Get right answer thou won't burn.

Prima facie if thou feel
Subject Spirit is to rebirths
Why grieve over end of frame?

Dies as one
For like rebirth,
Why feel sad
Of what's cyclic.

Isn't thy lament over that
Un-manifested to start with
Gets manifested just as guest
And bids adieu in due course.

Seen in wonder, spoken in awe
Spirit none knows that lies in him.

Dies not Spirit as die beings
What for man then tends to grieve!

Being a warrior dharma thine
That thee fight with all thy might.

For martyrs of unsought wars
Ever open are heavenly gates.

If thee back out from duty
Imperil thou thy own dharma
And that earns thee infamy.

What for lead a dishonored life
Why leave legend dubious behind!

Amiss be taken thine intent
Treat thee coward thy friends 'n foes.

Count on thou thy detractors
Besmirch they thy character,
Damned be thine obituary
By their campaign of slander.

If slain, heaven; alive, it's reign
Resolve to fight with right intent.

Shed thy sentiment, guilt unhinge
Eye not gain as wage thou war.

It's this knowledge that liberates
And helps thee act, with no restraint.

Goes not waste
Effort thine ever,
Zeal for action
Frees from fear.

In their resolve
Succeed firm,
Mind as wavers
Lose infirm.

Unwise use all enticing
Flowery language to further
Rituals Vedic in their scores
Not the knowledge of Vedas.

Eyeing heaven with mind mundane
Go for ceremonies such in hope
Of having best of both the worlds.

Pursue if thou wants with zeal
Instincts then would spin thy mind.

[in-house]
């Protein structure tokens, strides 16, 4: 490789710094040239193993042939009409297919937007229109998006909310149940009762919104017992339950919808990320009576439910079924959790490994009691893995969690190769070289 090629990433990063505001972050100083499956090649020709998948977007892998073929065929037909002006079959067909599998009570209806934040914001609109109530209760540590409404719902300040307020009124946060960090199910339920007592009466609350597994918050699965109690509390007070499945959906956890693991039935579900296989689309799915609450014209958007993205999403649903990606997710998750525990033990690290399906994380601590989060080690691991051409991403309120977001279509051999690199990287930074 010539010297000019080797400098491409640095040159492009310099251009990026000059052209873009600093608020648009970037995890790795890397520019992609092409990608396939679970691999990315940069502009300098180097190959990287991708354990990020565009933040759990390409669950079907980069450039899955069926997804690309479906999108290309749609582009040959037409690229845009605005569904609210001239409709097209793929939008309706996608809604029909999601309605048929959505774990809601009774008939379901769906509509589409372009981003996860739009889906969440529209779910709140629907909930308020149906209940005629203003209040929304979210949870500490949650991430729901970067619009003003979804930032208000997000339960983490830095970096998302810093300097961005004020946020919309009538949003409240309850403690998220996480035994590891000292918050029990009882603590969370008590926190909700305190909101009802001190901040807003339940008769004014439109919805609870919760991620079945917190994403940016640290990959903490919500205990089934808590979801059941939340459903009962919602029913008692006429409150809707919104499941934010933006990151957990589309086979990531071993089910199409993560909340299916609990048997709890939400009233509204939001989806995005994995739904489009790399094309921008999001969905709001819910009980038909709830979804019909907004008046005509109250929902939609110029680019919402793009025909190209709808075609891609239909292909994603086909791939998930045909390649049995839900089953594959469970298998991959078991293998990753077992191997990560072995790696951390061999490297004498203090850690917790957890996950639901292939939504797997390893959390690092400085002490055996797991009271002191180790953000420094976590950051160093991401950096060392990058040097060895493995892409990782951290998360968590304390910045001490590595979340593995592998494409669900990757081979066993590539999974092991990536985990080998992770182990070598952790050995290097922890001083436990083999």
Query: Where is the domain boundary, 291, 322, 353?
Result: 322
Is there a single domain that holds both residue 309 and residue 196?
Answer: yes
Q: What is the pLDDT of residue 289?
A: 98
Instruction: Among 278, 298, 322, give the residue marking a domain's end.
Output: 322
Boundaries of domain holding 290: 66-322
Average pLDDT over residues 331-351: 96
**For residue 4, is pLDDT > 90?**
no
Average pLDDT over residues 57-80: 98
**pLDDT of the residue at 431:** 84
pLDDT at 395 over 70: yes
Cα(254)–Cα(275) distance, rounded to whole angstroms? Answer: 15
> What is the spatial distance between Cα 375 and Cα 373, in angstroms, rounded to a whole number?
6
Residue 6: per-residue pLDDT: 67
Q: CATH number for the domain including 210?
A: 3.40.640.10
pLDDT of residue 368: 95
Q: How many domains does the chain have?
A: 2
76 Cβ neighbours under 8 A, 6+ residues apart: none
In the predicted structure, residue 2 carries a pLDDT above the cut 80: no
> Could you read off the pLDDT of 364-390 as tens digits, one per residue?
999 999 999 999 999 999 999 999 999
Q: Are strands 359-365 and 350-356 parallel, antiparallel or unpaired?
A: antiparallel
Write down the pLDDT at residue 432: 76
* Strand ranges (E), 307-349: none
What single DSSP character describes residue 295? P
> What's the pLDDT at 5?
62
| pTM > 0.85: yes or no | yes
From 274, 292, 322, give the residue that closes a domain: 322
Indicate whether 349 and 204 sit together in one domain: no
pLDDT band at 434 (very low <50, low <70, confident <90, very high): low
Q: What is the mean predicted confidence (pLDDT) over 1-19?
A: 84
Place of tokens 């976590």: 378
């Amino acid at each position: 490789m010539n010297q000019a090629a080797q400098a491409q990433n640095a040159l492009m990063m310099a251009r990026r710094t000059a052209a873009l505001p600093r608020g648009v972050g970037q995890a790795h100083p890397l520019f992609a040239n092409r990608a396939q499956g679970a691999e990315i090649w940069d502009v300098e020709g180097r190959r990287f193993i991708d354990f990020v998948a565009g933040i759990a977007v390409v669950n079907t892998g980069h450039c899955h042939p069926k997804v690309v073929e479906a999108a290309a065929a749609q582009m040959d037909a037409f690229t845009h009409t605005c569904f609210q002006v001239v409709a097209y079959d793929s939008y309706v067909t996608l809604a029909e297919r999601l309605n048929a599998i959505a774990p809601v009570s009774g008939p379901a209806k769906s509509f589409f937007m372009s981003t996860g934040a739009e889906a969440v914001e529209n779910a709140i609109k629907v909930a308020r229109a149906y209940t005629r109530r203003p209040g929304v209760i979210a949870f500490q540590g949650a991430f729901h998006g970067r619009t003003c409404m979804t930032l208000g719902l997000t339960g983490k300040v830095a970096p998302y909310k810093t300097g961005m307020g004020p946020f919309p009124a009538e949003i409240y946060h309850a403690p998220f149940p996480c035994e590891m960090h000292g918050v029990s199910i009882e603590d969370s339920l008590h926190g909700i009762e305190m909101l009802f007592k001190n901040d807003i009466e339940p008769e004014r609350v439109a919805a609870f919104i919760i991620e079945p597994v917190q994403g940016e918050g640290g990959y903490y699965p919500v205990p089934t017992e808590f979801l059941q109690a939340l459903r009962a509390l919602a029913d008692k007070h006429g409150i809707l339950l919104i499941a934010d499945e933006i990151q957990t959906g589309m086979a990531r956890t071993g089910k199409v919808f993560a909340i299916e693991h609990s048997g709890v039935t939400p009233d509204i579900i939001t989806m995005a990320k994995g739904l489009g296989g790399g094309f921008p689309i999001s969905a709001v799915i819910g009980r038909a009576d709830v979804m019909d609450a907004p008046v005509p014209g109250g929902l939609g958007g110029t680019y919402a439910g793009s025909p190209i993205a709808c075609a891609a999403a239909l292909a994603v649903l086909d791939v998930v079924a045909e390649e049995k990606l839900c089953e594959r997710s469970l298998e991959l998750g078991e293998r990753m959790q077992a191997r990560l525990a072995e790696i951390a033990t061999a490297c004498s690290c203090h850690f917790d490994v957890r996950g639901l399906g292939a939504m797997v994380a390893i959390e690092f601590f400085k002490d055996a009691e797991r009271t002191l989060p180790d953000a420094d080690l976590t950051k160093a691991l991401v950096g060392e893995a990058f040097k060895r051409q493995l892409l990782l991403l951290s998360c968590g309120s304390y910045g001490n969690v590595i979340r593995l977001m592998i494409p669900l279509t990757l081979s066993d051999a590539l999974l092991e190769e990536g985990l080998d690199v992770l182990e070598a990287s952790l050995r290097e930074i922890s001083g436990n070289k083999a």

Aspects three of life, reveal Vedas four
Transcend thou dualities, in them as inherent.

Well-waters draw Veda-dependent
Banks on reservoir dwell all realized.

Hold as patent on thy work
Reckon thou not on royalty
With no way to ceasing work
Never mind outcome but go on.

It's but yoga
If thou strive
Wants without
Emotions bereft.

Work well greedy with motive
Work wise not with result in mind.

Wise not sentiment bring to work
That's hallmark of art of work.

Freed from bonds with mind even
Act wise regardless ever composed.

Clears if reason one's illusion
Bothers he not to what's over
Or for what might lie in store.

Stands as firm mind thy clear
Steer thou clear of path rituals.

Thus spoke Arjuna:
How to spot the yogi true
Were he there ever in the crowd?

Thus spoke the Lord:
Blessed are strong with blissful self
Helps them that slight all that tempts.

Oblivious of misfortune
Not the one to crave for fun
Sways not ever by his feelings
Stays thus yogi ever even.

Unfettered by attachment
Compliments to indifferent
Adversity by unshaken
Wisdom thus is personified.

Stimuli those of organs sensory
Tortoise like, wise draw into shell.

Senses reined
Who so abstains,
Sans he longing
Turns he godly.

Senses as may tend them rash
Wise as well stray, from right path.

Rein in senses, hone thine effort
Rely on Supreme, that's true wisdom.

Leans man on
Lends what charm,
Brings that want
And that's fault.

Despair is what clouds reason